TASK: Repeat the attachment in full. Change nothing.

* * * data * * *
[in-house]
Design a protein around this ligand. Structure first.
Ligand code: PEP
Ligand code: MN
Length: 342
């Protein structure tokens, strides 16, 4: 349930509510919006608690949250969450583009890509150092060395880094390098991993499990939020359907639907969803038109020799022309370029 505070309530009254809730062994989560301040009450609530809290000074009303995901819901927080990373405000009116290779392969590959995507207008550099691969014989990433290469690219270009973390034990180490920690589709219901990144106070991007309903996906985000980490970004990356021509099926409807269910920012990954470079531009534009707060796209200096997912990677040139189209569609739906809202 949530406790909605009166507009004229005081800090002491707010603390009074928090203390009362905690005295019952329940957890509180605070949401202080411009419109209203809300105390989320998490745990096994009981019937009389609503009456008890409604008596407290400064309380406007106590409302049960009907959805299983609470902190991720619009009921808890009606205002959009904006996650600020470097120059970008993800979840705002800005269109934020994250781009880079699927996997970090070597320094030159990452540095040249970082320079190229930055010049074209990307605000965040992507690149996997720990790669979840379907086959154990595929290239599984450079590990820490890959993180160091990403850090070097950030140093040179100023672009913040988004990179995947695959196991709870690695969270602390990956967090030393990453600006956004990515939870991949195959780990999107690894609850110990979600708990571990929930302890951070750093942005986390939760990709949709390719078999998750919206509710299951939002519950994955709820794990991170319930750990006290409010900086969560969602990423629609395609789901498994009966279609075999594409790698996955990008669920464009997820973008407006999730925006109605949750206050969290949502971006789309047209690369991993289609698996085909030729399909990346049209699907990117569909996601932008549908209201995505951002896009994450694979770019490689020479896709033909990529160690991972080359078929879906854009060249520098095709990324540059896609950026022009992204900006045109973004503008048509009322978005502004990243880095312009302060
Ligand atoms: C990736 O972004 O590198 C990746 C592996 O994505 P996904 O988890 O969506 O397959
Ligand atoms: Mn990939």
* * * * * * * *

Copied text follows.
[in-house]
Design a protein around this ligand. Structure first.
Ligand code: PEP
Ligand code: MN
Length: 342
């Protein structure tokens, strides 16, 4: 349930509510919006608690949250969450583009890509150092060395880094390098991993499990939020359907639907969803038109020799022309370029 505070309530009254809730062994989560301040009450609530809290000074009303995901819901927080990373405000009116290779392969590959995507207008550099691969014989990433290469690219270009973390034990180490920690589709219901990144106070991007309903996906985000980490970004990356021509099926409807269910920012990954470079531009534009707060796209200096997912990677040139189209569609739906809202 949530406790909605009166507009004229005081800090002491707010603390009074928090203390009362905690005295019952329940957890509180605070949401202080411009419109209203809300105390989320998490745990096994009981019937009389609503009456008890409604008596407290400064309380406007106590409302049960009907959805299983609470902190991720619009009921808890009606205002959009904006996650600020470097120059970008993800979840705002800005269109934020994250781009880079699927996997970090070597320094030159990452540095040249970082320079190229930055010049074209990307605000965040992507690149996997720990790669979840379907086959154990595929290239599984450079590990820490890959993180160091990403850090070097950030140093040179100023672009913040988004990179995947695959196991709870690695969270602390990956967090030393990453600006956004990515939870991949195959780990999107690894609850110990979600708990571990929930302890951070750093942005986390939760990709949709390719078999998750919206509710299951939002519950994955709820794990991170319930750990006290409010900086969560969602990423629609395609789901498994009966279609075999594409790698996955990008669920464009997820973008407006999730925006109605949750206050969290949502971006789309047209690369991993289609698996085909030729399909990346049209699907990117569909996601932008549908209201995505951002896009994450694979770019490689020479896709033909990529160690991972080359078929879906854009060249520098095709990324540059896609950026022009992204900006045109973004503008048509009322978005502004990243880095312009302060
Ligand atoms: C990736 O972004 O590198 C990746 C592996 O994505 P996904 O988890 O969506 O397959
Ligand atoms: Mn990939």